“That’s when it all started to happen, “ Tony Iommi told writer Mick Wall. “The name sounded mysterious, it gave people something to think about, and it gave us a direction to follow.” Black Sabbath was the polar opposite of the Beatles (though they all liked the Beatles). Whereas the Fab Four sang “yeah, yeah, yeah,” Osbourne pleaded “no, no, please, no” in “Black Sabbath.”
“It’s a satanic world,” Butler told Rolling Stone in 1971. “The devil’s more in control now. People can’t come together, there’s no equality. It’s a sin to put yourself above other people, and yet that’s what people do.”
With Butler serving as principal lyricist and Iommi as the musical architect, Black Sabbath pursued such themes as war, social chaos, the supernatural, the afterlife, and the timeless conflict between good and evil. The group was a product of the late Sixties. It was a time when youthful idealism had begun to ebb amid the war in Vietnam, the influx of hard drugs, clashes with authority figures, and the bruising realities of working-class life (low wages, grim labor) that lay ahead for many of them.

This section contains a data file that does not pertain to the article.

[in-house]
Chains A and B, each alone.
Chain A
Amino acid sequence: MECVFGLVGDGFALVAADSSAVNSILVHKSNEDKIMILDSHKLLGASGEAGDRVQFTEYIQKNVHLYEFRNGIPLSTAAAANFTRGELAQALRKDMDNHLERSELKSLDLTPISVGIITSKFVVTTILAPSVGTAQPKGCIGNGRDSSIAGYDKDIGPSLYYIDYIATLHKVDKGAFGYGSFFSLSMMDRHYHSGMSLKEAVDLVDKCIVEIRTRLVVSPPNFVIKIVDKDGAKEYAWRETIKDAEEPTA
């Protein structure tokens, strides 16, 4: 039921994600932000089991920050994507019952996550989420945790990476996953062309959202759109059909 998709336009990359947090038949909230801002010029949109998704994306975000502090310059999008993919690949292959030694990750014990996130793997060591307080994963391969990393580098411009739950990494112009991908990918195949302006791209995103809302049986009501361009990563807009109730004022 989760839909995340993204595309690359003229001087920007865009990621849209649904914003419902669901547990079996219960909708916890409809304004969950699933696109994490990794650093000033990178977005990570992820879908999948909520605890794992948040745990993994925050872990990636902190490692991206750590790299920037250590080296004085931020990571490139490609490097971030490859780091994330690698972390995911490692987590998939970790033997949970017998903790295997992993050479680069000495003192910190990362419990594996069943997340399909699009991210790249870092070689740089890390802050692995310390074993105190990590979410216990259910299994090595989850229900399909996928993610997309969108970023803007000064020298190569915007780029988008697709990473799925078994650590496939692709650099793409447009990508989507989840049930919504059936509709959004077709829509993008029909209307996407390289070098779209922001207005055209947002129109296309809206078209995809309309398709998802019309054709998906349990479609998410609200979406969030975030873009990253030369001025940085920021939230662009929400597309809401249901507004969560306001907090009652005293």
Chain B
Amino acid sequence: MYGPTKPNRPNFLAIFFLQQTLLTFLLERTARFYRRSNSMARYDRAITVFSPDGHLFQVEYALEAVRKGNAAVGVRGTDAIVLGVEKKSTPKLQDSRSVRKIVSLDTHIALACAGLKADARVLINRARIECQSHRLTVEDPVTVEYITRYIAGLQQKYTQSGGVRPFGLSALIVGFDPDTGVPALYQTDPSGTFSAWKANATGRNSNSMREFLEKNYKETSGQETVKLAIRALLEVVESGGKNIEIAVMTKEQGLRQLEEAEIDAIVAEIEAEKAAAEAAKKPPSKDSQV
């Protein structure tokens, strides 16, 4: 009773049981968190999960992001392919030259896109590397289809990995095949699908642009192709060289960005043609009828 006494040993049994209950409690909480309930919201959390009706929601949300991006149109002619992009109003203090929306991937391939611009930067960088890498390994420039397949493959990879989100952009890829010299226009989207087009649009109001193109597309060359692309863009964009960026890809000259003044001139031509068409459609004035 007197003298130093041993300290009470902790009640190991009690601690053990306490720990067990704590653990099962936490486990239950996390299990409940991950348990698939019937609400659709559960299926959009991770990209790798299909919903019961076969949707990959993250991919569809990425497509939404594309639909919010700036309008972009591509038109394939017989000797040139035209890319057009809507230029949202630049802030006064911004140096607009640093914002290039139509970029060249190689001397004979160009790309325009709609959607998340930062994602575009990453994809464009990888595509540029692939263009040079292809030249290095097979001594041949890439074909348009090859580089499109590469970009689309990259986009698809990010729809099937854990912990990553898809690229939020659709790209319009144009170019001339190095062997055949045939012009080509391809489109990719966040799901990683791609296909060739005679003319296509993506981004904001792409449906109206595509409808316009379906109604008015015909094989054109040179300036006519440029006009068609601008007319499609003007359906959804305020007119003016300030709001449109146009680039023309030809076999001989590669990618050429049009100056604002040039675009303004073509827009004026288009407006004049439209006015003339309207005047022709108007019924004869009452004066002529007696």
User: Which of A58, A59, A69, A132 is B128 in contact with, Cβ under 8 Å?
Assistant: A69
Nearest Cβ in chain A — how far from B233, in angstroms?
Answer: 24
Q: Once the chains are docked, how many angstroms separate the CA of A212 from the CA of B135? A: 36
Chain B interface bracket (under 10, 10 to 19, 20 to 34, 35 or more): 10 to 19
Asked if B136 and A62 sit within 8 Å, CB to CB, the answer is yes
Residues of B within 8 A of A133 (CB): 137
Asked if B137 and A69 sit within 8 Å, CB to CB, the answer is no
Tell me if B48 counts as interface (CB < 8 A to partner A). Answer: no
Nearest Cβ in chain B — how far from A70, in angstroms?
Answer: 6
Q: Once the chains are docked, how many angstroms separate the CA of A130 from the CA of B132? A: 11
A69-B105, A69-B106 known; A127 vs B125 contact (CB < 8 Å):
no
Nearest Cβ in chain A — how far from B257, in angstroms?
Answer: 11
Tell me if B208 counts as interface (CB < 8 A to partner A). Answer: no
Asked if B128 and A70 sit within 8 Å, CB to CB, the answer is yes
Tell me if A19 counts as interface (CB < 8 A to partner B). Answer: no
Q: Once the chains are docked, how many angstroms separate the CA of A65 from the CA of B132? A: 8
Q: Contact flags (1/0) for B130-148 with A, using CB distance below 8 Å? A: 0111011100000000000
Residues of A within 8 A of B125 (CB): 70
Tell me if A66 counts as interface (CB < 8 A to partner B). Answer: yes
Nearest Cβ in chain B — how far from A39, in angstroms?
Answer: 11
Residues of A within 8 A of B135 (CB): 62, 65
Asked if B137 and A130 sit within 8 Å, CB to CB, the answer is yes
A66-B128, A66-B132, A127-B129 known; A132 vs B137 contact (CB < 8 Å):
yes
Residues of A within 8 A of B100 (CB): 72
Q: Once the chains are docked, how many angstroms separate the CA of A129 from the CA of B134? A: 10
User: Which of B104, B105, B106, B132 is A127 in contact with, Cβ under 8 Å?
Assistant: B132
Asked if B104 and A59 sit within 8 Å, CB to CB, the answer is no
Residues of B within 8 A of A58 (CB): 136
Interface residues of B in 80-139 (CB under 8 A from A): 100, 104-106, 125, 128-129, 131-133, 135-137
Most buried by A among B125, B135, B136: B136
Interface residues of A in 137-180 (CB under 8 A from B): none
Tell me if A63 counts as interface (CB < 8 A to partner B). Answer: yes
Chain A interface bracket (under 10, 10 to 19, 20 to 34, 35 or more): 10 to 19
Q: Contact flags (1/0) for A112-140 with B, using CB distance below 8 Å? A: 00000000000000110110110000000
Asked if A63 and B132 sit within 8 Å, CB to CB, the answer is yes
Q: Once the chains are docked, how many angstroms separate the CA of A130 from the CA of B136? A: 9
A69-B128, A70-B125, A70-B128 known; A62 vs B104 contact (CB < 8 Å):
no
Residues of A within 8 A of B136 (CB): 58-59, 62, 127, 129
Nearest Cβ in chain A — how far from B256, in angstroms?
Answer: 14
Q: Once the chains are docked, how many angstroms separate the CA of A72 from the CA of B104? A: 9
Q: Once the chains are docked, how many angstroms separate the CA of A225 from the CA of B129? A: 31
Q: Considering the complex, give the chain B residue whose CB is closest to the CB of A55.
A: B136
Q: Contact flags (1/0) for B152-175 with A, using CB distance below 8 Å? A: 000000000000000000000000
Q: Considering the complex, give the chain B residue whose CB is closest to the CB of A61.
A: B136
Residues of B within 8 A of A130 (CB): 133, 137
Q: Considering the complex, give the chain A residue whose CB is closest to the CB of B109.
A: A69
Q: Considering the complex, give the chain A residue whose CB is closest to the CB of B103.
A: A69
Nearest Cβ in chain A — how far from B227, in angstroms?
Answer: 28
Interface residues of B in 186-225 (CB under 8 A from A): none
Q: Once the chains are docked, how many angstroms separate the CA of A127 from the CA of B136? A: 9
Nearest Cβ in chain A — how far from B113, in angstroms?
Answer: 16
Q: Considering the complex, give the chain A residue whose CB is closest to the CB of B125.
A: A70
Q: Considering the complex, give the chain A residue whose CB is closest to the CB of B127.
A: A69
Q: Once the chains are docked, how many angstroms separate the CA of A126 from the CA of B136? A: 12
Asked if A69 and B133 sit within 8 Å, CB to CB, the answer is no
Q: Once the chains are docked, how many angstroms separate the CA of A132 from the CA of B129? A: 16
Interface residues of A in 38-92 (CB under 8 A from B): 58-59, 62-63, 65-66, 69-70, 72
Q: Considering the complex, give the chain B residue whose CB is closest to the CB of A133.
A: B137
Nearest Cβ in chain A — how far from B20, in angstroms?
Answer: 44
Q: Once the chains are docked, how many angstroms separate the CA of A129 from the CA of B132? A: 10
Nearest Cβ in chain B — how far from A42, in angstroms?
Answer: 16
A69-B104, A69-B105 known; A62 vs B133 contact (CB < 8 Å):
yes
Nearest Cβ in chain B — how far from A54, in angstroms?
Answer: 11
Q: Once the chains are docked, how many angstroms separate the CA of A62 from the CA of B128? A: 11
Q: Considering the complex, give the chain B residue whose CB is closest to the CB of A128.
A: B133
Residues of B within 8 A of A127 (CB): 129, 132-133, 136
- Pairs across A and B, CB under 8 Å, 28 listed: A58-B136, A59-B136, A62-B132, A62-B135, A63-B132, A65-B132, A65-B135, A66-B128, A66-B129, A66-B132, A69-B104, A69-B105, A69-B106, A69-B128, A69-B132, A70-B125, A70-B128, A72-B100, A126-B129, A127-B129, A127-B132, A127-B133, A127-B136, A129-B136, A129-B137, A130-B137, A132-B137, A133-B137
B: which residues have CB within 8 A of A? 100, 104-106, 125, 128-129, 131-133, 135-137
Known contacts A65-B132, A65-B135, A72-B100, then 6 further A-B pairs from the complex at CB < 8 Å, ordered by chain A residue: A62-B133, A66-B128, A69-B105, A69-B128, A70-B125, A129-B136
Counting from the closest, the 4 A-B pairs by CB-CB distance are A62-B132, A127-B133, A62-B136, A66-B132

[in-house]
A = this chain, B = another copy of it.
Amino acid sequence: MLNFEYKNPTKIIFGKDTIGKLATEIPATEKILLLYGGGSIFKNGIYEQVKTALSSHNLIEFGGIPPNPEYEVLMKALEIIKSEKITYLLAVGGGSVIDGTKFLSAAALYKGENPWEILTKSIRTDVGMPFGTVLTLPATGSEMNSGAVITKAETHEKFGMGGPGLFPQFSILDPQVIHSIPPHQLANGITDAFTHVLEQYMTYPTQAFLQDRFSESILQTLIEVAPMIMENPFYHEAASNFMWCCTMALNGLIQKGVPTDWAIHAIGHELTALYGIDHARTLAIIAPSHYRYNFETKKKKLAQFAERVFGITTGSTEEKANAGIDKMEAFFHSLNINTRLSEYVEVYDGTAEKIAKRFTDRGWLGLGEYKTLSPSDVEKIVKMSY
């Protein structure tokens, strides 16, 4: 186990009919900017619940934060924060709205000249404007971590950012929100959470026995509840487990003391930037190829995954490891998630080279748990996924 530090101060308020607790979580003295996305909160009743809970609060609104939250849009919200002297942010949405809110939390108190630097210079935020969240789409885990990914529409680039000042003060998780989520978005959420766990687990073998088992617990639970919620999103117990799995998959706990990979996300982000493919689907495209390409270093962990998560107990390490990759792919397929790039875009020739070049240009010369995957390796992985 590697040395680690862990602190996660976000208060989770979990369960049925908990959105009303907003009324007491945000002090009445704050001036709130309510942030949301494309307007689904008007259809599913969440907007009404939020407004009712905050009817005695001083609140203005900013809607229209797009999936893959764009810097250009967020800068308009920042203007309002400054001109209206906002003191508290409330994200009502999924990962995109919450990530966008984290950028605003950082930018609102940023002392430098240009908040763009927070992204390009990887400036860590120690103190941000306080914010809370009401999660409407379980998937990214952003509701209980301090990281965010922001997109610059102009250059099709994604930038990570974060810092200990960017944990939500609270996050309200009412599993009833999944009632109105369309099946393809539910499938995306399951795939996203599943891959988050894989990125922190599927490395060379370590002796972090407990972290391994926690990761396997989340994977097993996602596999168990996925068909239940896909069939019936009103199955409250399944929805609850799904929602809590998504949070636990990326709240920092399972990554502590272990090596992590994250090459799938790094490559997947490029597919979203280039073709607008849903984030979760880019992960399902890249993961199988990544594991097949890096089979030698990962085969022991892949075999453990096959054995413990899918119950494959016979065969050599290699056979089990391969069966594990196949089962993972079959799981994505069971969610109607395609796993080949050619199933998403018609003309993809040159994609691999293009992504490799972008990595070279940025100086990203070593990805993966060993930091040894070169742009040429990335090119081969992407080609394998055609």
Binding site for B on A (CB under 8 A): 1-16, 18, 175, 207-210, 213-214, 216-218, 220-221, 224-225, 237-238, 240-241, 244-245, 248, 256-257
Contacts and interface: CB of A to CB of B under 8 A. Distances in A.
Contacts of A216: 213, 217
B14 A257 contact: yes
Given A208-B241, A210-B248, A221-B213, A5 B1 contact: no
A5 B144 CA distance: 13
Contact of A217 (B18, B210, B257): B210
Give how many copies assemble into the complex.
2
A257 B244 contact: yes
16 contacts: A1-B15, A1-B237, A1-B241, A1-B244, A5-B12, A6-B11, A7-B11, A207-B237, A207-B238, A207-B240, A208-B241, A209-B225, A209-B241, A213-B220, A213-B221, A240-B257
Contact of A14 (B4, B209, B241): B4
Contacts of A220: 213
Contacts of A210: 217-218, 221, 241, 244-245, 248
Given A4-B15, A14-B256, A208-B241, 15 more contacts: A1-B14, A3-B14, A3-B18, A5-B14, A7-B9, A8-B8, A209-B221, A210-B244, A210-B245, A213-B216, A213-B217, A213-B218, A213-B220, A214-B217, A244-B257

“We arrived at the height of the Vietnam War and on the other side of the hippie era, so there was a mood of doom and aggression,” guitarist Iommi told writer Chris Welch in 2003. That’s not to say Black Sabbath were devil worshippers or practitioners or witchcraft, as many believed. Quite a different picture of the band is painted in such songs as “After Forever” (with the lyric, “God is the only way to love”) and Osbourne’s frequent flashing of the peace sign during Black Sabbath concerts.
Black Sabbath recorded its self-titled first album in a single session in November 1969, setting up their gear in a small studio and running through their live set. The lack of frills and contrivance worked to advantage, as the group’s riff-driven, blues-based hard rock came through loud and clear on “The Wizard,” “N.I.B.,” “Warning,” and, of course, “Black Sabbath.” The only effects added to the album were the tolling bell and thunderstorm that provide a chilling opening to the title track. Black Sabbath was released on Vertigo in the U.K. and Warner Bros. in the U.S.